Hybrid Solar Tube Panels by Naked Energy

A company called Solyndra pioneered the solar tube but this new invention by UK-based Naked Energy may just take cylindrical solar to a whole new level.  Called Virtu, the product includes an integrated photovoltaic cell in a vacuum tube to generate both electricity and warm water at the same time.  The setup keeps the PV cool to optimize energy production and maximizes space with a combined PVT solution.

Specifically, “heat is transferred away from the photovoltaic cells with a patented thermosyphon technology that harvests the unwanted heat from the photovoltaic cell to heat up water,” according to The Engineer.  The process is expected to generate about 45% more energy over conventional solar PV.

Virtu can be installed anywhere — pitched, curved, or flat roofs or walls — and system owners can prioritize electricity or heat generation, depending on their energy demands.

Naked Energy is on a trade mission in the U.S. right now seeking additional investment capital, so perhaps it won’t be long before a production level product becomes available to residential and commercial consumers.  I’ll keep you updated on future progress.

[+] More about PVT Virtu by Naked Energy.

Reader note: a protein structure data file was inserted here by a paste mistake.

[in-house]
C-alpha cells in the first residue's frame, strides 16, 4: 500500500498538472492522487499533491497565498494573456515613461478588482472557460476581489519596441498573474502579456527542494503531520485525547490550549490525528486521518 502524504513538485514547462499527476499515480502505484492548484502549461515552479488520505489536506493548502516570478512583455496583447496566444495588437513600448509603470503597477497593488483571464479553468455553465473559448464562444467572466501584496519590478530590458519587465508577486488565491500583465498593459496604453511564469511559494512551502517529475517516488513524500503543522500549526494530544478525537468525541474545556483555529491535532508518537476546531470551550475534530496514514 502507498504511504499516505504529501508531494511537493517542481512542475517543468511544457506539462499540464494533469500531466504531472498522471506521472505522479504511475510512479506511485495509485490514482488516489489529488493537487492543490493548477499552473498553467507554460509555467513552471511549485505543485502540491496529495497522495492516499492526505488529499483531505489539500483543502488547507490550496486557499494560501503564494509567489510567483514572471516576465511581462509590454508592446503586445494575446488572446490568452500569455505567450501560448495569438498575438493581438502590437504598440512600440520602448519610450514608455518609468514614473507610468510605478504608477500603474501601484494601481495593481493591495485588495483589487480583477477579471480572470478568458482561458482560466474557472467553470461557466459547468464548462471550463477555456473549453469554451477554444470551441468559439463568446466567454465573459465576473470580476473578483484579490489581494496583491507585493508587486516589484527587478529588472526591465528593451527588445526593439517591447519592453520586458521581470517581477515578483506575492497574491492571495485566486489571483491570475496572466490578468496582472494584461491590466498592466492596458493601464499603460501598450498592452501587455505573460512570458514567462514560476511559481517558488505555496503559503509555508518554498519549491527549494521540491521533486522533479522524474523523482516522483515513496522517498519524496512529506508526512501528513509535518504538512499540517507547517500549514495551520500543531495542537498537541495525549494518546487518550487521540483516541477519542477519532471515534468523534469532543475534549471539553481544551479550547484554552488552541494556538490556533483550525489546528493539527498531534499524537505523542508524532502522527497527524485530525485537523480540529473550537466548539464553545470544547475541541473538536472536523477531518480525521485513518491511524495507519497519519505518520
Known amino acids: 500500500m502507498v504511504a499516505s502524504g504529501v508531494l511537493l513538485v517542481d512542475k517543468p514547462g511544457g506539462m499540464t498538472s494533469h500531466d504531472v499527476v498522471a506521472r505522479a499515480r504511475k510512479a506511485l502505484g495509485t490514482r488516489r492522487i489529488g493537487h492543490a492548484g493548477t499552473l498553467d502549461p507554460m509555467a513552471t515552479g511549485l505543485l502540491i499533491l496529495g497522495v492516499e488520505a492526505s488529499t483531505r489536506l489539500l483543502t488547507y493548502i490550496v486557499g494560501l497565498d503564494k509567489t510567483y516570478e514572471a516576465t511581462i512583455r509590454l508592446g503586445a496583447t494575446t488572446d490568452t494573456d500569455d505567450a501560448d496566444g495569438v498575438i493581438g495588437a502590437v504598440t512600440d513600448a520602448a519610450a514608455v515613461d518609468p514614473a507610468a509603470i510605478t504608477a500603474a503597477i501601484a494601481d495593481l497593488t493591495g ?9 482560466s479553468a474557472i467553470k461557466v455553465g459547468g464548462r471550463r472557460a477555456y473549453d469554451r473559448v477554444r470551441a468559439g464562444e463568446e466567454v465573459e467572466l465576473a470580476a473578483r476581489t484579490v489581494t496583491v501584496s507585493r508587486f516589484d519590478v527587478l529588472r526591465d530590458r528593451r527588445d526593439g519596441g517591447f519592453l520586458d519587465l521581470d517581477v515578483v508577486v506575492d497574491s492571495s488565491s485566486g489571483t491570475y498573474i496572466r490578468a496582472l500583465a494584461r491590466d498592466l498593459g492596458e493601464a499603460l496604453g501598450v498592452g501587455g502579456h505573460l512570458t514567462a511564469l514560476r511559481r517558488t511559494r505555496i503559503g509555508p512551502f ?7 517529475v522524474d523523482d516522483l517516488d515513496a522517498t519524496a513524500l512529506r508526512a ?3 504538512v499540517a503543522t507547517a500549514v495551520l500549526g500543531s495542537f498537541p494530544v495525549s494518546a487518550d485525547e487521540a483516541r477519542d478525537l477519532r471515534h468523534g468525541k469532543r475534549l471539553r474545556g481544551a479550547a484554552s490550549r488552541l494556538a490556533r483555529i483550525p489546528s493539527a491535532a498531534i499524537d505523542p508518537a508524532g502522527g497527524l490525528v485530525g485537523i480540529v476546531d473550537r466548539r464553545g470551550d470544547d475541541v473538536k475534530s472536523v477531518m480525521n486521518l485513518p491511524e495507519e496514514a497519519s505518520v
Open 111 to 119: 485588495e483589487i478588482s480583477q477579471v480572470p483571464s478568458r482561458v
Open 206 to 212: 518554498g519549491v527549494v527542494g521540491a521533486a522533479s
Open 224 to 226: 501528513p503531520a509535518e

Credits: Naked Energy.

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  • Emil Garvelink

    Dear sir,
    Your hybride invention posterity won’t have necessarily all the strength of a mule. It might be there won’t be posterity even. So for neutral energy housing with low temperature heating needs it will be a good solution as long as cooling of the solar tubes stands, otherwise you ‘ll get bastards. Holding the good systems of PV cells and solar tubes separated will avoid that risk, because the cooling of the cells can be done firstly and further heating of the moderated warmed cooling water afterwards. This has the advantage of getting an higher temperature with less water e.g. for filling a boiler and getting an even higher effectivity of the solar cells. Just my opinion.You are welcomeEmil Garvelink

  • Aadbuild

    Nice work guys. I would like to try it out on a green display home we are building in Australia. let me know when you are getting closer to export

  • Gonzobuster


    as a former employee of Solyndra, i doubt that this will have success…
    Chinese panels are so cheap that you won´t be able to compete – even when there is a demand of low level temperature inside the house below.
    Generating only electricity and using some of it with a heat pump, is probably more cost effective.
    Hybrid solar applications have been researched at least a 1000 times, none of them made it.
    Anyways – i wish you luck and a strong financial background ;-)
    Best regards

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